“No,” Ian gasped, “it’s not…they found me. I need your help.”

    “Who found you?”

    “Security…they caught us.” Ian blurted out. He glanced back down the alley to make sure no one was following him.

    “Warren and Kimble,” he continued, “they’re dead. I’m the only one left.”

    “Alright Dr. Andrews, just relax, and tell me if you obtained the package. Is Prometheus safe?”

    Ian reached into his front breast pocket and fumbled with the small glass vial before finally pulling it out. He quickly examined it for cracks and to make sure the seal was undamaged.

    “Yes,” Ian finally said, “the package is still intact”

    “Good,” The voice said coolly “I want you to head for the subway station at the end of the plaza. My people have already arranged to have the station cleared. The midnight train should arrive any minute. Get on it and stay on it. It’s a public place; you should be safe until I can extract you.”

    “Alright… I’ll see you then.”

    “Just focus Dr. Andrews, you can make it,” the voice said.

    Ian Andrews slowed to a walk as he came out of the alley and into Worthington plaza. The plaza was vast and surrounded on three sides by massive skyscrapers that made Ian feel even more trapped than he really was. At the center of the plaza stood a single fountain and several benches. The plaza itself was full of people, which was not uncommon in the city that never sleeps. Through the crowd, Ian spotted the entrance to the subway station and felt a rush of hope. Unfortunately, it was short lived.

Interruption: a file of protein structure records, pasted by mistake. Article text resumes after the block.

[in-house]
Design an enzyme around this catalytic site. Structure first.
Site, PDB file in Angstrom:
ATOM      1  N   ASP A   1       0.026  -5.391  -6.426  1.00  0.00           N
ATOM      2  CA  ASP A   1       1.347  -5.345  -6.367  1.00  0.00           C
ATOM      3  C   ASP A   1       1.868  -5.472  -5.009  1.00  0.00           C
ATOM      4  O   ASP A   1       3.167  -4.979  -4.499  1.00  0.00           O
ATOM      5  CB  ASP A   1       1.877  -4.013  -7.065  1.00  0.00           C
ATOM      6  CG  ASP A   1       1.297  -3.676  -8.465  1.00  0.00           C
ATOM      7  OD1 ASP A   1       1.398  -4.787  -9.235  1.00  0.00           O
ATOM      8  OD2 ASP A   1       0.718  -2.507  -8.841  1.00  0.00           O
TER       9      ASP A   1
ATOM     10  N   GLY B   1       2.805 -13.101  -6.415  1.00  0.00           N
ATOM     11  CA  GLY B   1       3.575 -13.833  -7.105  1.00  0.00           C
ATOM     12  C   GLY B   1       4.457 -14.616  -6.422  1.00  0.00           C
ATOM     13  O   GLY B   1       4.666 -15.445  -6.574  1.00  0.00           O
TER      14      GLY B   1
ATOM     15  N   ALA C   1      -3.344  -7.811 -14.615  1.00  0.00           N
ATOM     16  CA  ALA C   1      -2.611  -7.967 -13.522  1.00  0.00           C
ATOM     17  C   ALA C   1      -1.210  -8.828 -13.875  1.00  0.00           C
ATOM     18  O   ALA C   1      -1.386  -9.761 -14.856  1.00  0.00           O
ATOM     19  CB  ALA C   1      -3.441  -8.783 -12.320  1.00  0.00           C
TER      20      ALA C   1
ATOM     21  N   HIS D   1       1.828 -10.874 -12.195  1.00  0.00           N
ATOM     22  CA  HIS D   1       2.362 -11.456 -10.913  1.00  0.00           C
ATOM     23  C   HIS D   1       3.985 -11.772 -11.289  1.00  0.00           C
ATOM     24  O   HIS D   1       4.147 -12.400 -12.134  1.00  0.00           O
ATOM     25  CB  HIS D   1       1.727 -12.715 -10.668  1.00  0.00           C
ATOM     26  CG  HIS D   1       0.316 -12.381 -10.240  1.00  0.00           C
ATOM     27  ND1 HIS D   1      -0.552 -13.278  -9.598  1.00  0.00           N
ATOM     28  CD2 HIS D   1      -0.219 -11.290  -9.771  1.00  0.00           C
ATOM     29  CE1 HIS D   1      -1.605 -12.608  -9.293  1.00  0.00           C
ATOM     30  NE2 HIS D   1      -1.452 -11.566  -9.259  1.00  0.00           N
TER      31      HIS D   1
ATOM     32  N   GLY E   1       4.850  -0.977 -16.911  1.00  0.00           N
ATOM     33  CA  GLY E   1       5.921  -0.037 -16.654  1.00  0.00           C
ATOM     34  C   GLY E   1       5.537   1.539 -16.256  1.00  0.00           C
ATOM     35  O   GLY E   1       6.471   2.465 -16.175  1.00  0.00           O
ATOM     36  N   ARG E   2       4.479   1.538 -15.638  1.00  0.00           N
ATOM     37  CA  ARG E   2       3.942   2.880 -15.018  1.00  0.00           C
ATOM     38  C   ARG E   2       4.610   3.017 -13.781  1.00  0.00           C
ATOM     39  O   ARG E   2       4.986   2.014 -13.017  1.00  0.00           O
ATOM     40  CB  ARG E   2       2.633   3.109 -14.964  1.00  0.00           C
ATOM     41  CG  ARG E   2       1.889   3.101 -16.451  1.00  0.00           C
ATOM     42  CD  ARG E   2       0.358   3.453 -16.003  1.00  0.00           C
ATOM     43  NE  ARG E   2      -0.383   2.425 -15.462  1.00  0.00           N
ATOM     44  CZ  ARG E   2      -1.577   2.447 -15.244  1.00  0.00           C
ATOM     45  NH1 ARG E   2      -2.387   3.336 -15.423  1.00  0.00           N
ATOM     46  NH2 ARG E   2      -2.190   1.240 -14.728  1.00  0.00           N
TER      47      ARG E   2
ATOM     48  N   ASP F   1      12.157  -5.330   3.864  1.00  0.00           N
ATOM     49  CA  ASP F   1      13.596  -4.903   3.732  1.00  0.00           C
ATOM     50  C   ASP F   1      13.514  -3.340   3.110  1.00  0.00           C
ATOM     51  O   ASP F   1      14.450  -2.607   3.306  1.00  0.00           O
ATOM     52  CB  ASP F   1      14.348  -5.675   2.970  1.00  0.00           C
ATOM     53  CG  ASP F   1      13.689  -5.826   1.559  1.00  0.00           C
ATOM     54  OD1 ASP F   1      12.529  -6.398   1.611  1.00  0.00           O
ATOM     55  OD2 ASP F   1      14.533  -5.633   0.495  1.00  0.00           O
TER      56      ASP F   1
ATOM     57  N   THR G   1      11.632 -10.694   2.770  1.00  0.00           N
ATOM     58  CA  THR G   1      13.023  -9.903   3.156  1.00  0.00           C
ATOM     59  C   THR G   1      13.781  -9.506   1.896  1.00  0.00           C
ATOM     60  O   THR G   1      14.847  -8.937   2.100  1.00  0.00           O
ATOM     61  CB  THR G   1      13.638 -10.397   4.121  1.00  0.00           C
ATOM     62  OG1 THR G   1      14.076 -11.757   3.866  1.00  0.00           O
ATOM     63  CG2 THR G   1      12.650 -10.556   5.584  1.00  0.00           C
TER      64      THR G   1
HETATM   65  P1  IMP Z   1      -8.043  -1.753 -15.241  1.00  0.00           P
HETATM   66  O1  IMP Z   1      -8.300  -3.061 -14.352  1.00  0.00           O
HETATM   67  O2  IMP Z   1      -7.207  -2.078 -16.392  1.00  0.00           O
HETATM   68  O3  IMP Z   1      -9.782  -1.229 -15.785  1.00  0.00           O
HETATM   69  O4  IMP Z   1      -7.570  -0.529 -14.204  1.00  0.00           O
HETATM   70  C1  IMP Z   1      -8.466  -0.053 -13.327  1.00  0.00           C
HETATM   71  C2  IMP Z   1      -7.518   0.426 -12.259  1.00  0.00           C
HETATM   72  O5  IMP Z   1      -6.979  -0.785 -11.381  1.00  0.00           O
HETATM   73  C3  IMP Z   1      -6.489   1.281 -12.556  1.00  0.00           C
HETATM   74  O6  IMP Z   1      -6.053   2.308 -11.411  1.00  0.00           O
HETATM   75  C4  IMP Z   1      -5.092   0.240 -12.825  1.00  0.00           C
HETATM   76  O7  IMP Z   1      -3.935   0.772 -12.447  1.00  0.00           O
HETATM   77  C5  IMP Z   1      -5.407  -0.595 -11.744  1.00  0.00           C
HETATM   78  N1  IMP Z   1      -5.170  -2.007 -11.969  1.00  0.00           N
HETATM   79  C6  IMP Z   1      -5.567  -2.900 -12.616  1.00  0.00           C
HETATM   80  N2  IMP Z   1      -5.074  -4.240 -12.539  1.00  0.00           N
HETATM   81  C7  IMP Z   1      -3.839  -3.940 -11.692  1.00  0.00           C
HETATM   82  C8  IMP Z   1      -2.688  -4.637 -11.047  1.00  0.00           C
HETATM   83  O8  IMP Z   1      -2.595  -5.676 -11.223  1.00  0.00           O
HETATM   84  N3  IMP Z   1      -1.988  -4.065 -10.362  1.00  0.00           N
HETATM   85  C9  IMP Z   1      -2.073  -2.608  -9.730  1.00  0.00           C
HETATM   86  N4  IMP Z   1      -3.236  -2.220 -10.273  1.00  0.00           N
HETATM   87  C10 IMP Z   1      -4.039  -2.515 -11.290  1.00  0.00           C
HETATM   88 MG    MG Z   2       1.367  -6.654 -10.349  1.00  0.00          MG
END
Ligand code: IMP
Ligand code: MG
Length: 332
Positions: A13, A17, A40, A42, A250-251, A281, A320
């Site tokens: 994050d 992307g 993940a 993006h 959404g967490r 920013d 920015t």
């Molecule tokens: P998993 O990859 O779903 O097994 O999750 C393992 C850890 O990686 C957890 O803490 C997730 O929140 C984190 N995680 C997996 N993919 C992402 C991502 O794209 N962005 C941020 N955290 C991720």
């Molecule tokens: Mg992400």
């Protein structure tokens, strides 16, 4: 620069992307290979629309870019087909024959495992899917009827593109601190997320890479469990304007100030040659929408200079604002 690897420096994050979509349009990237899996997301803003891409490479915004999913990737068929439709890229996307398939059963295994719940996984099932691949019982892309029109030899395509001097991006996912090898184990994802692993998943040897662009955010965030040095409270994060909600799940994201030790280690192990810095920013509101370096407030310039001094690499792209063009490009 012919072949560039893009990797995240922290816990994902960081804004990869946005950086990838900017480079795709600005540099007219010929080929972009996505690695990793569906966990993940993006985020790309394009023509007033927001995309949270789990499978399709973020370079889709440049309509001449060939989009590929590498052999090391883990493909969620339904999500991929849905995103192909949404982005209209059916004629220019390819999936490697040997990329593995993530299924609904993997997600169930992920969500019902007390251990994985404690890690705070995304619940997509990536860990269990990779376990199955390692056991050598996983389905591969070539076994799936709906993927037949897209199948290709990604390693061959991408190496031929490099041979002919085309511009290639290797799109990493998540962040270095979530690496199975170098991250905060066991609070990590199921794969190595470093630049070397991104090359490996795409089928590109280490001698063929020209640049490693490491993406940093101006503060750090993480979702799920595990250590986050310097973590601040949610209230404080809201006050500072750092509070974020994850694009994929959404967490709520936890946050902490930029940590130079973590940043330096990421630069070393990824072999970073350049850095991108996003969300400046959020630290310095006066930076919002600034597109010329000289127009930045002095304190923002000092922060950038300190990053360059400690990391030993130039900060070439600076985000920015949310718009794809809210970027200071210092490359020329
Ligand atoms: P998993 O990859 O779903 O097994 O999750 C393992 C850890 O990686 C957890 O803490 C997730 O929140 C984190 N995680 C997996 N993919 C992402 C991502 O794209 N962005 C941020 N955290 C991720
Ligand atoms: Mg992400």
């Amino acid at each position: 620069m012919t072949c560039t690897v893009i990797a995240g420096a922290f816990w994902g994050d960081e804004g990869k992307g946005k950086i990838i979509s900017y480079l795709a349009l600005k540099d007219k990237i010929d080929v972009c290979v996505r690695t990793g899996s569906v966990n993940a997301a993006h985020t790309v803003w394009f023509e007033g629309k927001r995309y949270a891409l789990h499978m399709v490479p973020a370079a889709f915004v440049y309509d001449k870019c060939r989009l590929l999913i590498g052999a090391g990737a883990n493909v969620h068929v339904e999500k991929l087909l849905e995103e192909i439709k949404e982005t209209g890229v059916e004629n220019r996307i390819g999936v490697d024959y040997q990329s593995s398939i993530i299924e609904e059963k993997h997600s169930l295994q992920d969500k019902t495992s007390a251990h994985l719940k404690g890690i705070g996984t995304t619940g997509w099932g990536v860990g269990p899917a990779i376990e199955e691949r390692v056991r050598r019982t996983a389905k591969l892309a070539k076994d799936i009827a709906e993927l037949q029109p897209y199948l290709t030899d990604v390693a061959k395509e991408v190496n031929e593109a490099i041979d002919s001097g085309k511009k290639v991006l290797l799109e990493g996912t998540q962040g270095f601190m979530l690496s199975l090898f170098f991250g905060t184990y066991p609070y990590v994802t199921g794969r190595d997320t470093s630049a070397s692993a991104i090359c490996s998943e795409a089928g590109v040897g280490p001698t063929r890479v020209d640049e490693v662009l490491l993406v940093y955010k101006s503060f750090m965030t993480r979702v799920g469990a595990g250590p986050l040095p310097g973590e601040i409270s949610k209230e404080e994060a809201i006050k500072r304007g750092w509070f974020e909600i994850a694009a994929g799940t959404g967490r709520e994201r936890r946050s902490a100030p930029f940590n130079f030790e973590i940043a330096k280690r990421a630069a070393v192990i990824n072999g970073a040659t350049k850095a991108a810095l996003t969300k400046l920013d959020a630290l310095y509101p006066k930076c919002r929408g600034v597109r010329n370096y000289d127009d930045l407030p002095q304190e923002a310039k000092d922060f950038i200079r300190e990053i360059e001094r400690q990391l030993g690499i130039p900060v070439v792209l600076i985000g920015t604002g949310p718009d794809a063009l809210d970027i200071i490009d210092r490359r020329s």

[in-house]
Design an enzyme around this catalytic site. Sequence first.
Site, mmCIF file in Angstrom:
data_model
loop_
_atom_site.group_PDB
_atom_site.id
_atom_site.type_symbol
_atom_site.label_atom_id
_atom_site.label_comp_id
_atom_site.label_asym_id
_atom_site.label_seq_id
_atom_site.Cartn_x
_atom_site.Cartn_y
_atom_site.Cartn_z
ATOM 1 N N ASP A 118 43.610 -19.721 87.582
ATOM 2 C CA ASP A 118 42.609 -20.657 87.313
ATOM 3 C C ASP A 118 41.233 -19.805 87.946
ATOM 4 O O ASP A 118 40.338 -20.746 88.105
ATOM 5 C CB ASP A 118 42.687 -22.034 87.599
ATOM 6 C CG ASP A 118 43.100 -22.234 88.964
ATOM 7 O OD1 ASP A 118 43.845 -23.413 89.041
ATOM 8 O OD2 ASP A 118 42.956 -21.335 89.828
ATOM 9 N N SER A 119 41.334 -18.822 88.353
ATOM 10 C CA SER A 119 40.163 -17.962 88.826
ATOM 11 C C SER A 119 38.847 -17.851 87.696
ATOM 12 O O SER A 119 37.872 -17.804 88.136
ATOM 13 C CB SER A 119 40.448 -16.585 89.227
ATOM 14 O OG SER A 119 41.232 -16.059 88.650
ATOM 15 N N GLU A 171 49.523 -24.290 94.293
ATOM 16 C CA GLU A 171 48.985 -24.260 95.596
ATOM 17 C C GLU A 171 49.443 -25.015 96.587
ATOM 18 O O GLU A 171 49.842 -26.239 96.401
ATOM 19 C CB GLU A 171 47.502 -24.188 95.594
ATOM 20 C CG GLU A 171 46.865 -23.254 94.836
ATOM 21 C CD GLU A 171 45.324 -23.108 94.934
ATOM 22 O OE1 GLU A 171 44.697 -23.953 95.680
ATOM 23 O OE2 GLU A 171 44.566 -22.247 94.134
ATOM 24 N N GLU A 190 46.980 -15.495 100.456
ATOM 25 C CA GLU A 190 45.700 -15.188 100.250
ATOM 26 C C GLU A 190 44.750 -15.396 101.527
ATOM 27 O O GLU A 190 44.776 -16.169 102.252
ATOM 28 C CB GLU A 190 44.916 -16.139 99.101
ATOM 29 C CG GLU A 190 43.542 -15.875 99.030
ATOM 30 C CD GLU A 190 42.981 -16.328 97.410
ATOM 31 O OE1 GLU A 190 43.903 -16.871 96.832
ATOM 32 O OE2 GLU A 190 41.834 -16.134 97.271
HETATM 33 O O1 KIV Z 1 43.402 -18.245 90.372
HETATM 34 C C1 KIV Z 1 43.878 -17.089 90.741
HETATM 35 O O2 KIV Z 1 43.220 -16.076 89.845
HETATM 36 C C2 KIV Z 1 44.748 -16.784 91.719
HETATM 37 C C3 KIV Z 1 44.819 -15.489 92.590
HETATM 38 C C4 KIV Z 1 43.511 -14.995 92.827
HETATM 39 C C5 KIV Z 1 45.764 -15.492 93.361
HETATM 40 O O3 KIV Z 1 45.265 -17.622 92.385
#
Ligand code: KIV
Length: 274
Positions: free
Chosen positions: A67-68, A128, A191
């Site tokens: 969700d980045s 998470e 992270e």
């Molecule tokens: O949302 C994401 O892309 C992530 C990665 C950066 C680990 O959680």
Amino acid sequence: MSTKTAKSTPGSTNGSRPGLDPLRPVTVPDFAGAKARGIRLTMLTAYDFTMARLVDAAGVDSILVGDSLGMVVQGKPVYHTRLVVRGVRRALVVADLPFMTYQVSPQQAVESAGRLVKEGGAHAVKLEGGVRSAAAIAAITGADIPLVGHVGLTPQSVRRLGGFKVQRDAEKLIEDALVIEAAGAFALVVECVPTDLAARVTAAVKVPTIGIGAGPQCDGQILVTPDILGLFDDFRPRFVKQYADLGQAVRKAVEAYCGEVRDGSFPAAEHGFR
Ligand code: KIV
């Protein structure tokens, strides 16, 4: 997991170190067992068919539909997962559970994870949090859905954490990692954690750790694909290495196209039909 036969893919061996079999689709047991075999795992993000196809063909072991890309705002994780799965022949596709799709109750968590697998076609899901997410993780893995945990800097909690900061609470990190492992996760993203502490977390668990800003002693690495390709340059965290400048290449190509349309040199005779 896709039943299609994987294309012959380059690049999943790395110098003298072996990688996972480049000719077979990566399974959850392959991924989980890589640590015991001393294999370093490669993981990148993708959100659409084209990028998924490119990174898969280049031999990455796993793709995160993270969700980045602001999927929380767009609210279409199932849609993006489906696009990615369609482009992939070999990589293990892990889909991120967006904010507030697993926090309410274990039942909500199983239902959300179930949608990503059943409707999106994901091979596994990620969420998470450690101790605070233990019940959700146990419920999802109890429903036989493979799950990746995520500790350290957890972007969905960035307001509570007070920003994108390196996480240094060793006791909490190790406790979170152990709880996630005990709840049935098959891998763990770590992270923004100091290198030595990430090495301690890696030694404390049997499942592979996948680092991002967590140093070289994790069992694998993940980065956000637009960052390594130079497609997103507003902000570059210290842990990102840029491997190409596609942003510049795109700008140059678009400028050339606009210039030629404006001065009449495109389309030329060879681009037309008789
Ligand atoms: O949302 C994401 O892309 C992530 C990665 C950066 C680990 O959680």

Behind him, Ian heard the emergency door slam open. Looking back, he saw three heavily armed men in black body armor emerge from the building with practiced precision. They exited the building, each one of them with their weapons at the ready, scanning different directions. It took only seconds before one spotted Ian and opened fire.

    With a fresh surge of adrenaline coursing through his veins, Ian headed for the only cover the plaza offered, the fountain. Around him the crowd erupted into panic and confusion, with some people diving to the ground and others running away. Ian forced his way through the crowd as he moved towards the fountain. He fired his weapon blindly as he went, hoping to slow the attackers.